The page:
The Prisoner of Zenda

The Prisoner of Zenda is an adventure novel by Anthony Hope, published in 1894. The king of the fictional country of Ruritania is abducted on the eve of his coronation, and the protagonist, an English gentleman on holiday who fortuitously resembles the monarch, is persuaded to act as his political decoy in an attempt to save the situation. The villainous Rupert of Hentzau gave his name to the sequel published in 1898, which is included in some editions of this novel. The books were extremely popular and inspired a new genre of Ruritanian romance, including the Graustark novels by George Barr McCutcheon.

Plot summary

The narrator is twenty-nine year old the Hon. Rudolf Rassendyll, younger brother of the Earl of Burlesdon and (through an ancestor's sexual indiscretion) a distant cousin and look alike of Rudolf V, the soon-to-be-crowned King of Ruritania, a "highly interesting and important" Germanic kingdom somewhere imprecisely between the German and Austrian Empires. Ruritania is, like Germany and Austria-Hungary at that time, an absolute monarchy. Rudolf Elphberg, the crown prince, is a hard-drinking playboy, unpopular with the common people, but supported by the aristocracy, the Catholic Church, the army, and the rich classes in general. The political rival to this absolute monarch is his younger half-brother Michael, Duke and Governor of Strelsau, the capital. Michael has no legitimate claim to the throne, because he is the son of their father's second, morganatic marriage: there are hints, from his swarthy appearance (he is nicknamed Black Michael) and Rassendyll's elliptically referring to him as a "mongrel", that he may be partly Jewish. Michael is regarded as champion of Strelsau's working classes, both the proletariat and the peasants, and of what Hope refers to as the criminal classes. The novel seems sympathetic, however, with those who would support the dissolute despot, King Rudolf.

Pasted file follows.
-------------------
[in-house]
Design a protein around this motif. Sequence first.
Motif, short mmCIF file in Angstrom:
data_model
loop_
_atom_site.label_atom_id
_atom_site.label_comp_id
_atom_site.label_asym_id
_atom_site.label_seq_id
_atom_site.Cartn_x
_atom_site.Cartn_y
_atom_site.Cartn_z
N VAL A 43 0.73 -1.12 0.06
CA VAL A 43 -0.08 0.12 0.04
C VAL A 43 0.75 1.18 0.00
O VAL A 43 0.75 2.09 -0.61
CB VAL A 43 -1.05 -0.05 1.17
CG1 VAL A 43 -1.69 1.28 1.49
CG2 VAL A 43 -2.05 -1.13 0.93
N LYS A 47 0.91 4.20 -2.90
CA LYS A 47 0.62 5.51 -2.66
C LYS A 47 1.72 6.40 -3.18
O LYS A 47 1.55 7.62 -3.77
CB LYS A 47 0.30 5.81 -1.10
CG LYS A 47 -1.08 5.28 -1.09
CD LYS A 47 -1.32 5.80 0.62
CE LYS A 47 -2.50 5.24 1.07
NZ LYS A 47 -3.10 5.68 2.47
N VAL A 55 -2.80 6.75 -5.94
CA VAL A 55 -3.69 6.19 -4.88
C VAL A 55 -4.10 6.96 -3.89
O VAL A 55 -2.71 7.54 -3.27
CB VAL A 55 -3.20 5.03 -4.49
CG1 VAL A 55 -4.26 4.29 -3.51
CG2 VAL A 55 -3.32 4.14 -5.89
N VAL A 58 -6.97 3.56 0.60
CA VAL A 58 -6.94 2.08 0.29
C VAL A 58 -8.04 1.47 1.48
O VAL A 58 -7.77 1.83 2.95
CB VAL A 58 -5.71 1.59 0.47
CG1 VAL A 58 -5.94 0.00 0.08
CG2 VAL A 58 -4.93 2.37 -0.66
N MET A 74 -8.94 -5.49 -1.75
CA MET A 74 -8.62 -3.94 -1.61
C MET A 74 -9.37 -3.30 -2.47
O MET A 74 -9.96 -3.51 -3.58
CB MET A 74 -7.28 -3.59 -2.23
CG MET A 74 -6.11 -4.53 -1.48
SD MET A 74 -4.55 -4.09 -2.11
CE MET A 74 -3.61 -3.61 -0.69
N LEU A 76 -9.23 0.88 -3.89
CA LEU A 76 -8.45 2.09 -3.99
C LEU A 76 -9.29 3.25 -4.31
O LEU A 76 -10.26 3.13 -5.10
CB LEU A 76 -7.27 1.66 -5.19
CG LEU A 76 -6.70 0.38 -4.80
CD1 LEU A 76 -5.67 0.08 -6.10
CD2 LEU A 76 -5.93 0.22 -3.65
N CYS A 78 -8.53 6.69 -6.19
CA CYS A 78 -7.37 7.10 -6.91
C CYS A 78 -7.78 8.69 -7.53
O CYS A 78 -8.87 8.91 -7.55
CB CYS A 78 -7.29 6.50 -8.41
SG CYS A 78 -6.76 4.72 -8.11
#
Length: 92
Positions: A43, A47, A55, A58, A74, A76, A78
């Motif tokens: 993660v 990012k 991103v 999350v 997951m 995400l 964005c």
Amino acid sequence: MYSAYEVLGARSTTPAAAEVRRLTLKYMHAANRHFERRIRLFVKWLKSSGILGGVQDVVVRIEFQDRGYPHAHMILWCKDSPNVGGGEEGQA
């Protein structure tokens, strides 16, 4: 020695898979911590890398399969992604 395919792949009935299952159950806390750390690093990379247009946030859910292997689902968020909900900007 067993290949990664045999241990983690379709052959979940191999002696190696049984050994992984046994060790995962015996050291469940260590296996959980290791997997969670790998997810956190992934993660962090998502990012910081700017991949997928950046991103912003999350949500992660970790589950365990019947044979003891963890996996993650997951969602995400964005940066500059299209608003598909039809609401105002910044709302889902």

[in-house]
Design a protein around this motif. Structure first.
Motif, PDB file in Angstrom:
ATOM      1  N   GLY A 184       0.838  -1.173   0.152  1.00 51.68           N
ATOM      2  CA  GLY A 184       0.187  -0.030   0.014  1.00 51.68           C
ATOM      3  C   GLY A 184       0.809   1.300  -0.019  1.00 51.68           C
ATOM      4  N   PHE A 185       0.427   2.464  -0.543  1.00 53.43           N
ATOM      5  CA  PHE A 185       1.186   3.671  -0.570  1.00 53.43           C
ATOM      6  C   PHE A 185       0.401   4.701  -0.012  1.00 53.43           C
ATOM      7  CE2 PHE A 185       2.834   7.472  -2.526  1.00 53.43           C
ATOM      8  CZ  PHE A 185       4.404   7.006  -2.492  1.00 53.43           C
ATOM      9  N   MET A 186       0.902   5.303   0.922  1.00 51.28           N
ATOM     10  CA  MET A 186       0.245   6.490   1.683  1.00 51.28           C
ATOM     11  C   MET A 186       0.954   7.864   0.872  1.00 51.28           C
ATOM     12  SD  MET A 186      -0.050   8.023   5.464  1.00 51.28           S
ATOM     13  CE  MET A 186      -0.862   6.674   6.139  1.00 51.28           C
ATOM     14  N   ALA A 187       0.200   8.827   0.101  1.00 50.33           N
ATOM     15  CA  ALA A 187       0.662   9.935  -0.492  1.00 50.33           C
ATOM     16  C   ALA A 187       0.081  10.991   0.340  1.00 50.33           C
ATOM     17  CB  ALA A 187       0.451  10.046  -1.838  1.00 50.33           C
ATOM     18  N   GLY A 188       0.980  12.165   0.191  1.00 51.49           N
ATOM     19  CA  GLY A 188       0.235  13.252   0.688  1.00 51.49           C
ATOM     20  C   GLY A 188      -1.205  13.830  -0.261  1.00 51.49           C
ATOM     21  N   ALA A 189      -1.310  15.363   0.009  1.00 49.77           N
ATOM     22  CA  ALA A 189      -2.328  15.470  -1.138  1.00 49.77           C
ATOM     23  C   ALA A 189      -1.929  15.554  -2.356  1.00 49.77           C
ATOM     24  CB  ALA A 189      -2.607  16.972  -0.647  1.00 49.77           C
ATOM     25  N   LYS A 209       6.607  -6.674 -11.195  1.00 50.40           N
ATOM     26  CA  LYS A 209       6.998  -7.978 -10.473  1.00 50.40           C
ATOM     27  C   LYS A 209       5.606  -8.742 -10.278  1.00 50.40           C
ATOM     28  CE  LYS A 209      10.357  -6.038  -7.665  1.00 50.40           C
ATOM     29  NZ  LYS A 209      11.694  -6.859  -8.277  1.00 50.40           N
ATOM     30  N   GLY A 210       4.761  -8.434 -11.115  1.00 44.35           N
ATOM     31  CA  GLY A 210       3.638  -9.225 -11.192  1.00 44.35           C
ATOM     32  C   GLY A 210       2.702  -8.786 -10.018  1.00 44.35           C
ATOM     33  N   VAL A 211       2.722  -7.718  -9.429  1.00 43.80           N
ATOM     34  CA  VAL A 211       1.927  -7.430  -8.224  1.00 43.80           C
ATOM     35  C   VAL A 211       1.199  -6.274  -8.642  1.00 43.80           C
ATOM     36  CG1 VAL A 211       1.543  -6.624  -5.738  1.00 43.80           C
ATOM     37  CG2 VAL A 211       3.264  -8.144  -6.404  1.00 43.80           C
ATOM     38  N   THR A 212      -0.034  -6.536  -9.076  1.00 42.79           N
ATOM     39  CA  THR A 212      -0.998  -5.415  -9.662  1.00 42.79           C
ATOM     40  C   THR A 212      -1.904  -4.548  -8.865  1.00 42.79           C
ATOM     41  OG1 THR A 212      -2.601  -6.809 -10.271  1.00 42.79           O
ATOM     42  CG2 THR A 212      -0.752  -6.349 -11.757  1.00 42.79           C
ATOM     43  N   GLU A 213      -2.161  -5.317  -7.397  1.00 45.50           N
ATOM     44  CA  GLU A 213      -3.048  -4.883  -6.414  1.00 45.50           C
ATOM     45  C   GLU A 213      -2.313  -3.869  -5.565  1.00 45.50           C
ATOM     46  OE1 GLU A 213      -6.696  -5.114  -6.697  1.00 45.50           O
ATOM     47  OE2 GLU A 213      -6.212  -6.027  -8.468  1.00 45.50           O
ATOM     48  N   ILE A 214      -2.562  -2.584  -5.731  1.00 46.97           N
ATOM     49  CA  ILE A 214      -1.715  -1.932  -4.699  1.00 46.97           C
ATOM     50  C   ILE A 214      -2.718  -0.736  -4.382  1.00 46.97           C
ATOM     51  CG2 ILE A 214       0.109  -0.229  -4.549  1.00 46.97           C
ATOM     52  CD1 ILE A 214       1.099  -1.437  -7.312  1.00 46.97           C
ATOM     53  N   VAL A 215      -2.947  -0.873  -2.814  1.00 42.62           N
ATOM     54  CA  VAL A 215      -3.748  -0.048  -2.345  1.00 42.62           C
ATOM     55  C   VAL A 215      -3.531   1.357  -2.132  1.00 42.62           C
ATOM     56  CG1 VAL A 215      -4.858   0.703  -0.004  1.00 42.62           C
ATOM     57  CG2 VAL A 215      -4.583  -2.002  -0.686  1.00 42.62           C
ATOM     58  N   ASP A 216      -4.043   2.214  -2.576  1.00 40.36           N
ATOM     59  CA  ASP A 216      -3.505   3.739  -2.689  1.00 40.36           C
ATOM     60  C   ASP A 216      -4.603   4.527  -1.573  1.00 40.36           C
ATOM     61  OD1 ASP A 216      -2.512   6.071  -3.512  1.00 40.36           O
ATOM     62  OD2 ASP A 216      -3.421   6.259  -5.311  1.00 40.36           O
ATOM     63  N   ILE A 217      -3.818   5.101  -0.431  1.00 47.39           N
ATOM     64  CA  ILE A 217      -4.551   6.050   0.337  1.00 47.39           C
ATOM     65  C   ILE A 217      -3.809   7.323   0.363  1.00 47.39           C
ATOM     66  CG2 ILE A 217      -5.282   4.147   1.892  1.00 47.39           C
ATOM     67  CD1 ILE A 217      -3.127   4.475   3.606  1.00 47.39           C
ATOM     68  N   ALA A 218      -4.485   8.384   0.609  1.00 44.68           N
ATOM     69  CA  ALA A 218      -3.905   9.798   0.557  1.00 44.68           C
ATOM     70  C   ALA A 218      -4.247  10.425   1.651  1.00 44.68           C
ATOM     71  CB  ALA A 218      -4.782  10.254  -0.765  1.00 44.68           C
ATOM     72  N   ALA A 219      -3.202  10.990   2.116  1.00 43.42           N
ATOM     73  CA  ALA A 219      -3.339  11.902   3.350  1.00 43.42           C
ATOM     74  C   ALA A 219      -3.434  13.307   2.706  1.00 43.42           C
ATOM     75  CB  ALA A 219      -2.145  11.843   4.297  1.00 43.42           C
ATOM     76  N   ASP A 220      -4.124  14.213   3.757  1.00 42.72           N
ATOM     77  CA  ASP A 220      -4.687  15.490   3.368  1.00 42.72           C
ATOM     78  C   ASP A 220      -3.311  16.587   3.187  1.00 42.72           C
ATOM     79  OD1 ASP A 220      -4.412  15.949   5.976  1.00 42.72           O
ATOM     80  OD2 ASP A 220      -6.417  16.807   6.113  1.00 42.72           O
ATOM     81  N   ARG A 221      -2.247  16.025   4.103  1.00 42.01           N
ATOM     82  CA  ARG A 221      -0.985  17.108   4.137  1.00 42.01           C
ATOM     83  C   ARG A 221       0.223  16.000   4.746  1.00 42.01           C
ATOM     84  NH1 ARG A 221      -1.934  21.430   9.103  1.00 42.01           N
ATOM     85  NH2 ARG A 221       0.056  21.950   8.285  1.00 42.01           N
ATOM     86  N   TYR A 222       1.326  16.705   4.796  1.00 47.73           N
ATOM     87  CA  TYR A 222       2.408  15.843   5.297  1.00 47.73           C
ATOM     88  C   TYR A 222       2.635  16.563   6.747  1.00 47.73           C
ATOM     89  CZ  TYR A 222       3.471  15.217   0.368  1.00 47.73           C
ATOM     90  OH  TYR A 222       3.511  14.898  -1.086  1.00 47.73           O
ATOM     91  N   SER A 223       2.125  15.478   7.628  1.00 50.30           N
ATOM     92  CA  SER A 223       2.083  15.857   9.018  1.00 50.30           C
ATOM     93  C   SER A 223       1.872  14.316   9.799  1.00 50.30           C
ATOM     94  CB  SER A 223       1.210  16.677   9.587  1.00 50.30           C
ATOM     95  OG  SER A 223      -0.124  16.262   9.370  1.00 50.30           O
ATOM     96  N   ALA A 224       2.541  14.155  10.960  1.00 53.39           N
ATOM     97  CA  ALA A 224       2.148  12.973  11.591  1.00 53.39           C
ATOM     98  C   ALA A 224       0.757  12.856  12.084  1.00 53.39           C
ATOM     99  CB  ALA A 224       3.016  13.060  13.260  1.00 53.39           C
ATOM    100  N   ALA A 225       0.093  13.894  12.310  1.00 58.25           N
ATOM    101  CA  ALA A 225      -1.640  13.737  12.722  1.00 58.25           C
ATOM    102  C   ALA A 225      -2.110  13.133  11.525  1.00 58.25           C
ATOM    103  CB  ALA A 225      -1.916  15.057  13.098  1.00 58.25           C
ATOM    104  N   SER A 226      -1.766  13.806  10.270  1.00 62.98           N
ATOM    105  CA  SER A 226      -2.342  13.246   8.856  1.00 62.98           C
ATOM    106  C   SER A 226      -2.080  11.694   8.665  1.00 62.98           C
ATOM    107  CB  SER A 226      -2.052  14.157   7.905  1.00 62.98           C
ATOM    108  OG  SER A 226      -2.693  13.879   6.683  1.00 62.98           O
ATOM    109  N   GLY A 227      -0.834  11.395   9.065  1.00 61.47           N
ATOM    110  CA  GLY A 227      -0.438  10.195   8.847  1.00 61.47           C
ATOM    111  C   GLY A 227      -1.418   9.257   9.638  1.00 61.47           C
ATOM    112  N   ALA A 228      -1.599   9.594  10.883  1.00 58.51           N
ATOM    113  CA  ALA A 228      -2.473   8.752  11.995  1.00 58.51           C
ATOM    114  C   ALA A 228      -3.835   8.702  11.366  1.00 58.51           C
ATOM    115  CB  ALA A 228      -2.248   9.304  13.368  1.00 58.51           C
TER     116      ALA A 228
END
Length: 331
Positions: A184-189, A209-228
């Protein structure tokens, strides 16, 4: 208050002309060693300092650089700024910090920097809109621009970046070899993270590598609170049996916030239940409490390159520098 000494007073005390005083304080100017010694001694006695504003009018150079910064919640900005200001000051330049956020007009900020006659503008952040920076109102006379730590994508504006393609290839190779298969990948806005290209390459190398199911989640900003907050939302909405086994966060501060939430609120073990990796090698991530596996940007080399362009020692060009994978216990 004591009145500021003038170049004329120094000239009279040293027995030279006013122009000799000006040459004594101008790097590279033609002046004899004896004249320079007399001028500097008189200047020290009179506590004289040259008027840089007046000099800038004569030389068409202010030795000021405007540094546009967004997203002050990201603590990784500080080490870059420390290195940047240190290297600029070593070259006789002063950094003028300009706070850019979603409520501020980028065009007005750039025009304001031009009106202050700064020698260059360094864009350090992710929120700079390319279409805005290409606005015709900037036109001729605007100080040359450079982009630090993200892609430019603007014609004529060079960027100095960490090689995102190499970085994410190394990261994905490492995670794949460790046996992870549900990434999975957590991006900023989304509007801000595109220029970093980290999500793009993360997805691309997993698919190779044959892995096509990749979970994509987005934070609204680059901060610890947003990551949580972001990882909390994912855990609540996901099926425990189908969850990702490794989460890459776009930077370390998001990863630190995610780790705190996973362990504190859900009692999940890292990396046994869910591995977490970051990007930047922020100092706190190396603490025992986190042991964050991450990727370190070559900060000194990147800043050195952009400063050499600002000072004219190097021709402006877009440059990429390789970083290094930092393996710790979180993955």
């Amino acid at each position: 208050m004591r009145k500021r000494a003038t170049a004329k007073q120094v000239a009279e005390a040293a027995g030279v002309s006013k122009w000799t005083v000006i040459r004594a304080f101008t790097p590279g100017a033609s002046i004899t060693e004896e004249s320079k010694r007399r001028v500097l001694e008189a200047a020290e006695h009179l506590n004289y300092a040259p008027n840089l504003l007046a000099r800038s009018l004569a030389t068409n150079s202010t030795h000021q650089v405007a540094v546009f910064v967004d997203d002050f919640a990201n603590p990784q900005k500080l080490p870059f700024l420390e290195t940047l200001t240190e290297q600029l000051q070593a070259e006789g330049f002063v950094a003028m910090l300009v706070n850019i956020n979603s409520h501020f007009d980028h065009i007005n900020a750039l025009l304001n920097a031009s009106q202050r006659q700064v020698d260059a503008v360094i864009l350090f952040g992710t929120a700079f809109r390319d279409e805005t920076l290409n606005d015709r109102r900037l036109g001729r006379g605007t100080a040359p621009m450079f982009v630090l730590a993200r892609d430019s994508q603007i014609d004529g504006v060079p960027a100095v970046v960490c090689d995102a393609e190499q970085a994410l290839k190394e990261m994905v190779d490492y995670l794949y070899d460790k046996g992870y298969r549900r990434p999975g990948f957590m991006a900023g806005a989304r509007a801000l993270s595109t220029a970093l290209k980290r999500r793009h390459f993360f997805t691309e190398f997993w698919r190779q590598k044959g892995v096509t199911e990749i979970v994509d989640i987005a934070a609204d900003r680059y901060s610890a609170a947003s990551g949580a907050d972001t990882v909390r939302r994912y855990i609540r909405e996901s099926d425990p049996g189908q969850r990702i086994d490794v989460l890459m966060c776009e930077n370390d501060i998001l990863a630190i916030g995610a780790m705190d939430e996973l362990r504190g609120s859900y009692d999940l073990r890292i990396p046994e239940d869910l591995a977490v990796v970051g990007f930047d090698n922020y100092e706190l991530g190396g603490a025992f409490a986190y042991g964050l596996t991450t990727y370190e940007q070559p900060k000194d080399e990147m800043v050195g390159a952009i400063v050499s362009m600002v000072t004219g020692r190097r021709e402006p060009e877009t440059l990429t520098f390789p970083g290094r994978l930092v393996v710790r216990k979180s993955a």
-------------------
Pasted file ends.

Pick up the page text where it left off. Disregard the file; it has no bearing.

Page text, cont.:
When Michael has Rudolf drugged, abducted and imprisoned in the castle in the small town of Zenda, Rassendyll must impersonate the King at the coronation. There are complications, plots, and counter-plots, among them the schemes of Michael's mistress Antoinette de Mauban, and those of his villainous henchman Rupert of Hentzau, and Rassendyll falling in love with Princess Flavia, the King's betrothed. In the end, the King is restored to his throne — but the lovers must part.


The novel has been adapted many times, mainly for film but also stage, musical, operetta, radio, and television. Probably the best-known version is the 1937 Hollywood movie. The dashingly villainous Rupert of Hentzau has been played by such matinee idols as Ramon Novarro (1922), Douglas Fairbanks, Jr. (1937), and James Mason (1952).


Many fictional works that feature a political decoy can be linked to The Prisoner of Zenda; indeed, this novel spawned the genre known as Ruritanian romance. What follows is a short list of those homages with a clear debt to Anthony Hope's book.


In a popular, but very questionable account, a German circus acrobat named Otto Witte claimed he had been briefly mistaken for the new King of Albania at the time of that country's separation from the Ottoman Empire, and that he was crowned and reigned a few days. However, the date of this claim (1913), and the lack of any evidence to back it up, suggests that Witte made up his story after seeing the first film version of the novel.

Author Salman Rushdie cited The Prisoner of Zenda in the epigraph to Haroun and the Sea of Stories, the novel he wrote while living in hiding in the late 1980s.

The 1956 novel Double Star, by Robert A. Heinlein, shares plot elements with The Prisoner of Zenda.

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